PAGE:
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Fundamental Theorem of Algebra

Find all zeroes of a polynomial, including complex solutions

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Practice Fundamental Theorem of Algebra
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Finding Imaginary Solutions

Louis calculates that the area of a rectangle is represented by the equation $3x^4 + 7x^2 = 2$ . Did is calculate right? Explain.

Guidance

In #12 from the previous problem set, there are two imaginary solutions. Imaginary solutions always come in pairs. To find the imaginary solutions to a function, use the Quadratic Formula. If you need a little review on imaginary numbers and how to solve a quadratic equation with complex solutions see the Quadratic Equations chapter.

Example A

Solve $f(x)=3x^4-x^2-14$ . (#12 from the previous problem set.)

Solution: First, this quartic function can be factored just like a quadratic equation. See the Factoring Polynomials in Quadratic Form concept from this chapter for review.

$f(x) &= 3x^4-x^2-14\\0 &= 3x^4-7x^2+6x^2-14\\0 &= x^2(3x^2-7)+2(3x^2-7)\\0 &= (x^2+2)(3x^2-7)$

Now, because neither factor can be factored further and there is no $x-$ term, we can set each equal to zero and solve.

$& && 3x^2-7=0\\& x^2+2=0 && 3x^2=7\\& x^2=-2 \qquad \qquad \qquad \quad and && x^2=\frac{7}{3}\\& x=\pm \sqrt{-2} \ or \ \pm i \sqrt{2} && x=\pm \sqrt{\frac{7}{3}} \ or \ \pm \frac{\sqrt{21}}{3}$

Including the imaginary solutions, there are four, which is what we would expect because the degree of this function is four.

Example B

Find all the solutions of the function $g(x)=x^4+21x^2+90$ .

Solution: When graphed, this function does not touch the $x-$ axis. Therefore, all the solutions are imaginary. To solve, this function can be factored like a quadratic equation. The factors of 90 that add up to 21 are 6 and 15.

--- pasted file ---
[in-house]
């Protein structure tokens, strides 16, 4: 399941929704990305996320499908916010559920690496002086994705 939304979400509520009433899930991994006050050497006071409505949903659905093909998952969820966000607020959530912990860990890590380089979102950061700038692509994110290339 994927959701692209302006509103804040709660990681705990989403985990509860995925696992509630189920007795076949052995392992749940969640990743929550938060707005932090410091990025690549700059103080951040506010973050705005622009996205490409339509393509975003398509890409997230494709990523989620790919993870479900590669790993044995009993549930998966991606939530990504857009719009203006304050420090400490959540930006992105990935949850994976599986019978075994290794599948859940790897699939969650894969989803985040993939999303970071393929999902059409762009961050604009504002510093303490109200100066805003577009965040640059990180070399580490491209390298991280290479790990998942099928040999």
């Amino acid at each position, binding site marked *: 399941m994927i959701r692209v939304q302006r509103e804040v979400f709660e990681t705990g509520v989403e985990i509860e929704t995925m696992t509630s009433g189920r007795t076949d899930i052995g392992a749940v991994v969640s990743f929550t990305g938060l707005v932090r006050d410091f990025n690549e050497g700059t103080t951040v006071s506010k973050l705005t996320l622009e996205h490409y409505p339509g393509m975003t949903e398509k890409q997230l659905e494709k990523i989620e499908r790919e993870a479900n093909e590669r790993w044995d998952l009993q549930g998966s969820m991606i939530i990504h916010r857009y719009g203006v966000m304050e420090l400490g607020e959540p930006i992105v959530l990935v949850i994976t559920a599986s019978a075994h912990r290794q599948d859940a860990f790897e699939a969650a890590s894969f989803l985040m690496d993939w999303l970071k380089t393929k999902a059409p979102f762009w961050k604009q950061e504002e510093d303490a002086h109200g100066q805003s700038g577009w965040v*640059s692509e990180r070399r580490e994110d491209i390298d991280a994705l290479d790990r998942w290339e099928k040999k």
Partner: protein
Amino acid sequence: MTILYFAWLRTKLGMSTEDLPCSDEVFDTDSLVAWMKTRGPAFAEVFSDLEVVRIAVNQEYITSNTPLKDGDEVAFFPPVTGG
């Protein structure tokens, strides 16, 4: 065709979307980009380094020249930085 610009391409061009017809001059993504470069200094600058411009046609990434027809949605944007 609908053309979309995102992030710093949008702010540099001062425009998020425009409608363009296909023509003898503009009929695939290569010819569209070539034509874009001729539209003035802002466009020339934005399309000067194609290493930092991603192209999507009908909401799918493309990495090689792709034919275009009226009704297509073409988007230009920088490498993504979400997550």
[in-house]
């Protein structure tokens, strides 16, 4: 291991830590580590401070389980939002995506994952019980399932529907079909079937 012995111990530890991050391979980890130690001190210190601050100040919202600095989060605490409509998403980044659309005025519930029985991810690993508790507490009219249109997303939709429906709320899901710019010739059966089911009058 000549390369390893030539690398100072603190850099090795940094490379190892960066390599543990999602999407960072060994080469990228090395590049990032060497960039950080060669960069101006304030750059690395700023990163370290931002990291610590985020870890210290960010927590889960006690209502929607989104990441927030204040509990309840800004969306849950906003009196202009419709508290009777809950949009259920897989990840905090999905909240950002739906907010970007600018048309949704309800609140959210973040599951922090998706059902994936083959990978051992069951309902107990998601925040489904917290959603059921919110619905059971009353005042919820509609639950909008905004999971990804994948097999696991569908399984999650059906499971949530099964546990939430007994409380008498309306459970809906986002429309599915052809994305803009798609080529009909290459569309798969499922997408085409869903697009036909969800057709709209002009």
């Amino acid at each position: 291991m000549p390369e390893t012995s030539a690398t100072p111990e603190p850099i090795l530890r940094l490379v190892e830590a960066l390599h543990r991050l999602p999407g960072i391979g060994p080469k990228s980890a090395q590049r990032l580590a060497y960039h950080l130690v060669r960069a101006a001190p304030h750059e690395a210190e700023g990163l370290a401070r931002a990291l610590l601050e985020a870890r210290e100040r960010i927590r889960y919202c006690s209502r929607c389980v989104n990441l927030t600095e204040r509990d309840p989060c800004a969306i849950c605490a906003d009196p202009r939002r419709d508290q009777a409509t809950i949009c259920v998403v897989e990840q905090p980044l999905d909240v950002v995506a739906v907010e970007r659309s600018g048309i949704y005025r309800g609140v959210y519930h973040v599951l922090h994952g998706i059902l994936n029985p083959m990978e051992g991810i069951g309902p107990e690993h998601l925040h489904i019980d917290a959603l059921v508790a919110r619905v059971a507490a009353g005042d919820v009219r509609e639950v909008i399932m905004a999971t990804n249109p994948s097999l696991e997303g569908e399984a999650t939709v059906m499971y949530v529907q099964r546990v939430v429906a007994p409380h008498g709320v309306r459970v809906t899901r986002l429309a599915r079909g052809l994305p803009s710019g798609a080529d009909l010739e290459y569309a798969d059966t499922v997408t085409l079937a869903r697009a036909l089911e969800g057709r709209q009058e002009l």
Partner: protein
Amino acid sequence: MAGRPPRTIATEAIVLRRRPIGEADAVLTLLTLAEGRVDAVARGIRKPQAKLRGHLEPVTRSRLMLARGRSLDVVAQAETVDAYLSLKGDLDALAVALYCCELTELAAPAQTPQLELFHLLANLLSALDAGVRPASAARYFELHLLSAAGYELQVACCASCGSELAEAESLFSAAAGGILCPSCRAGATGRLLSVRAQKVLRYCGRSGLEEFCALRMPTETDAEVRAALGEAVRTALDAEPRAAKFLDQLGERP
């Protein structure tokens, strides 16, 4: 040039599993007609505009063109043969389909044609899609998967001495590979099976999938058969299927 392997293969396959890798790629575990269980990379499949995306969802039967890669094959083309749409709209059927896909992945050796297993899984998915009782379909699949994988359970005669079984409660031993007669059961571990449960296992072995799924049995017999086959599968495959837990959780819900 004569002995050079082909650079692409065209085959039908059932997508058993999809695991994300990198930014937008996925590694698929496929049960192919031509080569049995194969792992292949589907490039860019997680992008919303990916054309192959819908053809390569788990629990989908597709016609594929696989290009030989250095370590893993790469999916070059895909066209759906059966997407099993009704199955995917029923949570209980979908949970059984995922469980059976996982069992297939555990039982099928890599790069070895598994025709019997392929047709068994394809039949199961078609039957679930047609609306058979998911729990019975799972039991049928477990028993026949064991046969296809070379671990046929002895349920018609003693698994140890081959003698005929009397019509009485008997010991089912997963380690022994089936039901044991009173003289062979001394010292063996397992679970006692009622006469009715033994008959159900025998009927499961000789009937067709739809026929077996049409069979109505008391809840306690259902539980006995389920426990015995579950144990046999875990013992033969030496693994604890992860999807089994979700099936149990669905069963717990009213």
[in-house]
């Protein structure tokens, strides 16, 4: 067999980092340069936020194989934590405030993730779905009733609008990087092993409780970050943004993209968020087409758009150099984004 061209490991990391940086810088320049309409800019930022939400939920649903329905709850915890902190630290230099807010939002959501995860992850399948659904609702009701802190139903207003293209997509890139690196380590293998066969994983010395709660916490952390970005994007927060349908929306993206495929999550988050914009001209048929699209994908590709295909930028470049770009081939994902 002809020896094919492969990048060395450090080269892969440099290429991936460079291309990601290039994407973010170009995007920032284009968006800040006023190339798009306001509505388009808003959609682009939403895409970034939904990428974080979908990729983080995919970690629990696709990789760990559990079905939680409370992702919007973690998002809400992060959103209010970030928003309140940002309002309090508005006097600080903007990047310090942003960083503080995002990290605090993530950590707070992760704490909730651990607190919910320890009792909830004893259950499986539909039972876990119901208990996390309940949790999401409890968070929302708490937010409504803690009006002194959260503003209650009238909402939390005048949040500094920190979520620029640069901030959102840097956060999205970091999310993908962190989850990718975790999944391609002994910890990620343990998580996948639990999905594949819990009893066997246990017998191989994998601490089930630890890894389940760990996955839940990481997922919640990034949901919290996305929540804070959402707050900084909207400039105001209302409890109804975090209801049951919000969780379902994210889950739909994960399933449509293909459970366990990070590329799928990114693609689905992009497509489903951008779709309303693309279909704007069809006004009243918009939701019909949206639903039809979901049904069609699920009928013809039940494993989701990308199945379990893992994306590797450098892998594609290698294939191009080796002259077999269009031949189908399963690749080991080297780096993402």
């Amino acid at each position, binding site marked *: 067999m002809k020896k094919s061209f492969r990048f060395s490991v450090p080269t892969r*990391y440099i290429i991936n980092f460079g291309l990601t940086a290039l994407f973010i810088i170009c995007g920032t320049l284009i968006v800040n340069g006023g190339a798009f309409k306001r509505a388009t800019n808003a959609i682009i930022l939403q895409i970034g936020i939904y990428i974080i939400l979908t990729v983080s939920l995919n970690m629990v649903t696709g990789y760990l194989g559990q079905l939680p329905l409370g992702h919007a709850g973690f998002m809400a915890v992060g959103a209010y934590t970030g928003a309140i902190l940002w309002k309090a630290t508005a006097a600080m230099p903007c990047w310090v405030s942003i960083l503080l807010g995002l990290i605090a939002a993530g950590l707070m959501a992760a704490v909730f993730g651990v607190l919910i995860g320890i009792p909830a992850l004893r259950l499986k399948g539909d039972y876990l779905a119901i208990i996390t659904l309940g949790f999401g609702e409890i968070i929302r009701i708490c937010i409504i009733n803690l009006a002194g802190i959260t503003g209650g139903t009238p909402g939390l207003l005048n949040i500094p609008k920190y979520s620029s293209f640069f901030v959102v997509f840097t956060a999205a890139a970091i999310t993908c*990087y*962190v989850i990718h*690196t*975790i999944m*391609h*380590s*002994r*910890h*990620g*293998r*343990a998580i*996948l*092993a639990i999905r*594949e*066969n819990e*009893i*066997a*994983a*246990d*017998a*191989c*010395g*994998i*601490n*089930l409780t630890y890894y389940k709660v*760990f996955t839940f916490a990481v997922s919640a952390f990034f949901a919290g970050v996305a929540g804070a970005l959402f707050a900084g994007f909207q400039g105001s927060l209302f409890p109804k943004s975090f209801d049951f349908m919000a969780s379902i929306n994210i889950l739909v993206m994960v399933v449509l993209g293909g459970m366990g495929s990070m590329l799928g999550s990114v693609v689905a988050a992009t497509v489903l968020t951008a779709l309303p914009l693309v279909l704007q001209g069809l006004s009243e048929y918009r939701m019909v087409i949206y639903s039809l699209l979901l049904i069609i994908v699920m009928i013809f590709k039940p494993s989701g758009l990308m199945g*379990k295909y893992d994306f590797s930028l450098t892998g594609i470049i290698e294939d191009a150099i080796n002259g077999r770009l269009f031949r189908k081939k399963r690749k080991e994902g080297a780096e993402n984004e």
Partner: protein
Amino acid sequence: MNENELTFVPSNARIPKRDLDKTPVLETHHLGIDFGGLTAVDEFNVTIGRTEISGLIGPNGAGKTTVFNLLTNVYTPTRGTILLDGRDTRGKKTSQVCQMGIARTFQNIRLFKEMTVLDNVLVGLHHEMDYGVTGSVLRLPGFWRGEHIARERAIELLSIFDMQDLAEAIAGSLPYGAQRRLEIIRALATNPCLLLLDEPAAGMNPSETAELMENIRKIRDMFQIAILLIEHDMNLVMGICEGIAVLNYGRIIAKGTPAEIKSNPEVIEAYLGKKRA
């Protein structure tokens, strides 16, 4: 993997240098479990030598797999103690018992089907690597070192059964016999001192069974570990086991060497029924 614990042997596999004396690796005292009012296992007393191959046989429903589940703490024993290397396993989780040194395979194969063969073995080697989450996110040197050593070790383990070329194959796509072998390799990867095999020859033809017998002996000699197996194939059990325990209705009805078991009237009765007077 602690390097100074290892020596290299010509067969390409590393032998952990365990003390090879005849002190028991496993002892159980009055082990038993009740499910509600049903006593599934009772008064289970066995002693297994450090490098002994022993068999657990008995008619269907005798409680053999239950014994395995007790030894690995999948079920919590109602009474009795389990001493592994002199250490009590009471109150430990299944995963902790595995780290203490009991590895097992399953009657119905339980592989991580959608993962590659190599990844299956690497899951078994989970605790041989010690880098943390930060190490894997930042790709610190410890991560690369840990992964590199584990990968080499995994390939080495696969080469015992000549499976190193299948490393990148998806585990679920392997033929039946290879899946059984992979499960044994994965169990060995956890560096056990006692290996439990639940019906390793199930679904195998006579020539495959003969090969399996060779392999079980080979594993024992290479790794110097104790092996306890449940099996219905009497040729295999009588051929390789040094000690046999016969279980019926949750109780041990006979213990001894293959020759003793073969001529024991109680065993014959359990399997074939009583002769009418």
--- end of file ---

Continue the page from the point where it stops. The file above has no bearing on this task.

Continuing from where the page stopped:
$g(x) &= x^4+21x^2+90\\0 &= (x^2+6)(x^2+15)$

Now, set each factor equal to zero and solve.

$& x^2+6=0 && x^2+15=0\\& x^2=-6 \qquad \qquad \qquad and && x^2=-15\\& x=\pm i \sqrt{6} && x=\pm i \sqrt{15}$

Example C

Find the function that has the solution 3, -2, and $4 + i$ .

Solution: Notice that one of the given solutions is imaginary. Imaginary solutions always come in pairs, so $4 - i$ is also a factor, they are complex conjugates. Now, translate each solution into a factor and multiply them all together.

Any multiple of this function would also have these roots. For example, $2x^4-18x^3+38x^2+62x-204$ would have these roots as well.

Intro Problem Revisit First we need to change the equation to standard form. Then we can factor it.

$3x^4 + 7x^2 = 2\\= 3x^4 + 7x^2 - 2 = 0\\3x^4 + 7x^2 - 2 = (3x^2 + 1)(x^2 + 2) = 0$

Solving for x we get

$3x^2+1=0 && x^2+2=0\\& x^2=\frac{-1}{3} \qquad \qquad \qquad and && x^2=-2\\& x=\pm i \sqrt{\frac{1}{3}} && x=\pm i \sqrt{2}$

All of the solutions are imaginary and the area of a rectangle must have real solutions. Therefore Louis did not calculate correctly.

Guided Practice

Find all the solutions to the following functions.

1. $f(x)=25x^3-120x^2+81x-4$

2. $f(x)=4x^4+35x^2-9$

3. Find the equation of a function with roots 4, $\sqrt{2}$ and $1-i$ .

1. First, graph the function.

Using the Rational Root Theorem, the possible realistic zeros could be $\frac{1}{25}$ , 1 or 4. Let’s try these three possibilities using synthetic division.

Of these three possibilities, only 4 is a zero. The leftover polynomial, $25x^2-20x+1$ is not factorable, so we need to do the Quadratic Formula to find the last two zeros.